We were somewhat rattled with all the show of unexplained generosity towards her and as we stood there in a corner in silence, it as as if she could somehow smell the disbelief within us, and all the more in Fareed, as she sent for us.

As we stood in front of her, an apprentice signaled for us to bow. All of us, all except Fareed, bowed in front of her. The apprentice was infuriated at that. He constantly signaled for Fareed to bow and so did we but he refused to do so.
She observed Fareed, a dry smile perpetuated on her withered lips and she said something to him in their language.

“She says ‘I know what you want..'” the translator explained to Fareed.
She mumbled some more.
“It is answers that your heart looks for…”
Fareed eyed her with an odd sense of inquisitiveness.
“Answers to the existence of ‘her'”, explained the translator. ” Answers to immortality; to life and death, and all that there is in the middle..”
“You wish to learn the truth. ‘Her’ truth, the truth behind the stories of the demons and the witches. You look at her the same way you look at them. You wish to unite with her. You desire to see her, touch her with your bare hands, embrace her, kiss her, make love to her under the moonlight…”
“I can show you the way…”
Fareed raised his eyebrows. “Is it possible?”, he asked.
“Only if your heart in as cleansed as the rivers of Pardisus”, she said. “Tell me? Do you wish to see her? Do you wish to believe?”
Fareed pondered for a moment, then nodded. “Yes!”, he said with the eagerness of a schoolboy.
She clapped twice as an apprentice came before her and bowed. “Arrange for the ritual”, she said.

We reached the tree and gathered around it in a circle. In the centre, below the tree, sat the old woman behind the fire. She sprinkled a white powder into the flames as she sang something in her hoarse, shrill voice. The people had gathered around in a circle, just like they always did. Some of them played held bongos to the beat with a pair of limb bones. She called for Fareed towards the centre, right next to the fire. I was among the few who didn’t join in and just silently stood in a corner, observing the spectacle. Fareed stood in front of her as she sang to the beats of the bongos. The tribesmen danced around in circle, their painted faces, their tripping feet, moved to the rhythm of the beat, devouring in it, consumed by the fire that began to grow in the middle and the flames of the fire seemed to dance to the music as well.
Fareed observed all of this with his eyes full of fetish and questions. Eyes were transfixed to the tree, searching for the answers to the divinity that the tree concealed. He didn’t seem scared, just stunned!
The old preacher kept on singing the song as she sprinkled the white powder into the flames. The flames danced and grew as a choking amount of smoke filled up the atmosphere. Smoke that blinded the vision. Smoke that made the skies grayish. Smoke that filled up my lungs. Choking it. Cleansing it….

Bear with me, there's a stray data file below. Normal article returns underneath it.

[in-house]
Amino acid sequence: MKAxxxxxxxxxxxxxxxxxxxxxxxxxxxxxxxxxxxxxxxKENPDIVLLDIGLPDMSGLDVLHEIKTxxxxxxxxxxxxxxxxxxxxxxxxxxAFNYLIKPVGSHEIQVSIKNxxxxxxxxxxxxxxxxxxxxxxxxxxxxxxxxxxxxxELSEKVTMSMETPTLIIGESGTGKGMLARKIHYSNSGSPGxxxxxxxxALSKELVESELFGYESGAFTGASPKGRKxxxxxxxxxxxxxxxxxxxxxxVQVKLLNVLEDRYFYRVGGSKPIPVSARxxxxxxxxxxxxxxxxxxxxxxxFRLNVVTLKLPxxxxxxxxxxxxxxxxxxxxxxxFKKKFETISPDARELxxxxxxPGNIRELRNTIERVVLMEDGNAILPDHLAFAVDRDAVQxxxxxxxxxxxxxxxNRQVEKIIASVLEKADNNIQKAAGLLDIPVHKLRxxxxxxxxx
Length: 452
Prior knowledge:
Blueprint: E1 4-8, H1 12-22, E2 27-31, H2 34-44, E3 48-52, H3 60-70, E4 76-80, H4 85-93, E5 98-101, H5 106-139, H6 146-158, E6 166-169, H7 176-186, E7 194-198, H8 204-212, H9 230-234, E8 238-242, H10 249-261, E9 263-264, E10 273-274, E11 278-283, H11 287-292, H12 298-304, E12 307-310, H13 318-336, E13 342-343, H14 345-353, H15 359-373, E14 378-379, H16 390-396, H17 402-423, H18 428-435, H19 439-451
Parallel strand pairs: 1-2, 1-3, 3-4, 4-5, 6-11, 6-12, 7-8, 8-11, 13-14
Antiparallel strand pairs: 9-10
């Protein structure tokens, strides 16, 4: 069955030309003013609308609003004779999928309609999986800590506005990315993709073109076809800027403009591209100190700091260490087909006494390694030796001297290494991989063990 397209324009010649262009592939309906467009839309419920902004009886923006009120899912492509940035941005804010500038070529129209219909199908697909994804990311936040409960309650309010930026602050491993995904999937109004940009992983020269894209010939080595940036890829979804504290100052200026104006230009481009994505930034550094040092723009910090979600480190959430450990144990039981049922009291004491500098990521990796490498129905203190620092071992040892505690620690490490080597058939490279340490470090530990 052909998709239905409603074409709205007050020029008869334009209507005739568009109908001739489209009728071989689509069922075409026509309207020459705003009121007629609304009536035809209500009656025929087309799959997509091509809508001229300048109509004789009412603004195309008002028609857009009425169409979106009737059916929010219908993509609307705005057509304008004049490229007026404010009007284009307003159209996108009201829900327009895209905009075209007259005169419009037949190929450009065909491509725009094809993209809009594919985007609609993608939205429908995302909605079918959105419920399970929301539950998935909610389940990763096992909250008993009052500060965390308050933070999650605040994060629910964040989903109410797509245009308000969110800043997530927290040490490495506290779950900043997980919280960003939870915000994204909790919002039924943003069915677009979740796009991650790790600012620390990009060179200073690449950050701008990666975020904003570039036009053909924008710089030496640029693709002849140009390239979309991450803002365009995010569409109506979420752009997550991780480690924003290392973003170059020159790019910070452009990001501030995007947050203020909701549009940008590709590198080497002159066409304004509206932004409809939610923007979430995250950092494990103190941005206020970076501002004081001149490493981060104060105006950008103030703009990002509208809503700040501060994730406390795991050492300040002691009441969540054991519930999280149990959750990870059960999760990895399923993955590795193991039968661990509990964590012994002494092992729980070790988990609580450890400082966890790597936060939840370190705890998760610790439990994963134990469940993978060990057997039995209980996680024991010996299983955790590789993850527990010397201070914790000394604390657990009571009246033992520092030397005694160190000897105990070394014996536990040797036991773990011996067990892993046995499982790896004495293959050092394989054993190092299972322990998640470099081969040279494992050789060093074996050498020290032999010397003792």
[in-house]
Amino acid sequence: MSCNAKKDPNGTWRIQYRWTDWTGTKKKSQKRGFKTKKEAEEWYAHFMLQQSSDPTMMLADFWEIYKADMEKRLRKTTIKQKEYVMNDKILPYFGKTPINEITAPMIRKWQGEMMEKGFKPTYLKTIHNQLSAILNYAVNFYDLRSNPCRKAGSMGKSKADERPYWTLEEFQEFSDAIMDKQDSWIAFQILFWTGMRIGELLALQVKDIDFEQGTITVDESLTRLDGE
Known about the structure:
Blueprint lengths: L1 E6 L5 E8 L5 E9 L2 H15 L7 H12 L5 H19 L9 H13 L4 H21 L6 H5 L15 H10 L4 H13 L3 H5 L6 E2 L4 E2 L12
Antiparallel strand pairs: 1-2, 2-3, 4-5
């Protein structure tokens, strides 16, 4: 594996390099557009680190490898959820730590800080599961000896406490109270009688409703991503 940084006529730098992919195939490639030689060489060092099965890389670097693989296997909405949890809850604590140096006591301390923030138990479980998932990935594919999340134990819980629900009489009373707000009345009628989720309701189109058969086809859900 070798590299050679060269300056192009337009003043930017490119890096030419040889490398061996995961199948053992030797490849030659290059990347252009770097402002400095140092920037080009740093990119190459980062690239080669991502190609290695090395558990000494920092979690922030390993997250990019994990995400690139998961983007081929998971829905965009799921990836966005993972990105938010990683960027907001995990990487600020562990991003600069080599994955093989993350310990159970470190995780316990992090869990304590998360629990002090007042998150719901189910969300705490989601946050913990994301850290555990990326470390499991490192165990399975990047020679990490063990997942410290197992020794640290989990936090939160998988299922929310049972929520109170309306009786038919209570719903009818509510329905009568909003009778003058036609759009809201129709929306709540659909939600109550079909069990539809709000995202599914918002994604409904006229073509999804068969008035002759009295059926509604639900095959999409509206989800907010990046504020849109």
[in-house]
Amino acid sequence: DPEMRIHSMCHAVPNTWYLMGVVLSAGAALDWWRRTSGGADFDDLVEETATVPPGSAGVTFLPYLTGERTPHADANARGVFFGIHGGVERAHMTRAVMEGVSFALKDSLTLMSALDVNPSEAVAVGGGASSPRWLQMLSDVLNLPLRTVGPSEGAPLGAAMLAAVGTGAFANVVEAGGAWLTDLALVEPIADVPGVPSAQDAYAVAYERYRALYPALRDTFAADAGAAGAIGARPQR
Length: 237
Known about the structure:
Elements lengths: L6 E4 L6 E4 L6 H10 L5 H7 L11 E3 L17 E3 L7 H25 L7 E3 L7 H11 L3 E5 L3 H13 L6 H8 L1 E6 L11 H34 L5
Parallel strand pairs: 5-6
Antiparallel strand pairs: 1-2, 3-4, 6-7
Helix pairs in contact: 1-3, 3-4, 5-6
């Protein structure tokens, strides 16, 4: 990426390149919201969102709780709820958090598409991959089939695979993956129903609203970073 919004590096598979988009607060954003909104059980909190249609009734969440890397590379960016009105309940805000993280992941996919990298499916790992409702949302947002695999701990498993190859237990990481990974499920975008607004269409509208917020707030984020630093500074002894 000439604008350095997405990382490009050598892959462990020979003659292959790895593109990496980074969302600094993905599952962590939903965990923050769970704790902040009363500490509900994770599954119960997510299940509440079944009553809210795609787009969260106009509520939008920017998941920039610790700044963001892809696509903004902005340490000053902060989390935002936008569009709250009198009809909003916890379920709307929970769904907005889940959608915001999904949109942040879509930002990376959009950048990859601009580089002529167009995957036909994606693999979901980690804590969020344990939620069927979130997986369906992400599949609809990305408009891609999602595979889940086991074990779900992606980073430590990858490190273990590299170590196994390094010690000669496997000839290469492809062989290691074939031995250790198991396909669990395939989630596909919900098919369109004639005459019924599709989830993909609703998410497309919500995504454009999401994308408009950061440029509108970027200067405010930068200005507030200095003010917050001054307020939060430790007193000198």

I coughed for some time as my vision blurred from the teardrops in my eyes. Fareed coughed too, but the woman didn’t. Nor did the rest of the tribesmen. She kept on singing the song. In that ethereal moment, as my vision hazed and my lungs longed for clean air, I could finally understand what she was singing about.

She sang about ‘her’. ‘Her’ powers. ‘Her’ majesty…..

She sang about the acacia tree, how the starving woman had reached the forest and had begged to the gods for food and shelter. The gods didn’t listen to her, but ‘she’ did. She had been moved by the prayers of a cleansed heart. She appeared before the woman and told him, “Shed the teardrop of a pure heart anywhere you want in this forest, and you shall never starve again…” She cried her drops of purity at the same Earth that now bore the acacia tree. The tree bore with it a fruit, the fruit of immortality, which when consumed once, would never let a man go hungry again ever in his life. And his life shall go on until the annihilation of the universe.

She sang about how a civilization established around that tree. A civilization that were the descendants of the starving woman. How the civilization had never starved once. And how they only had one divinity to thank for all of that.

She sang about sunlight and she sang about storms. She sang about humans and she sang about monsters…

She sang, calling for ‘her’, begging for her to come and answer to a heart that longs for answers, a desert that needs to be rained upon. She chanted a prayer, praising ‘her’ majesty and all she had done for them. She chanted a prayer for unification…
Large amount of smoke now consumed the vicinity and valiant winds had started to storm about. The winds shook the tree, ruffling and shuddering the leaves with it and it somehow it seemed that the tree was dancing to the music as well, waving about ecstatically in sheer rejoice of being acknowledged.

The old woman now grasped a handful of white and forced it down the flames. The pungent smoke had now started to fill up my lungs through the nostrils and as I choked and coughed, I noticed that Fareed wasn’t coughing at all. He stared at the tree as his head waved around in a circle to the music. He was smiling….

At that transient moment of haze it seemed to me that the old woman wasn’t an old woman at all. She was a young, beautiful maiden, who looked pale and dehydrated and starved…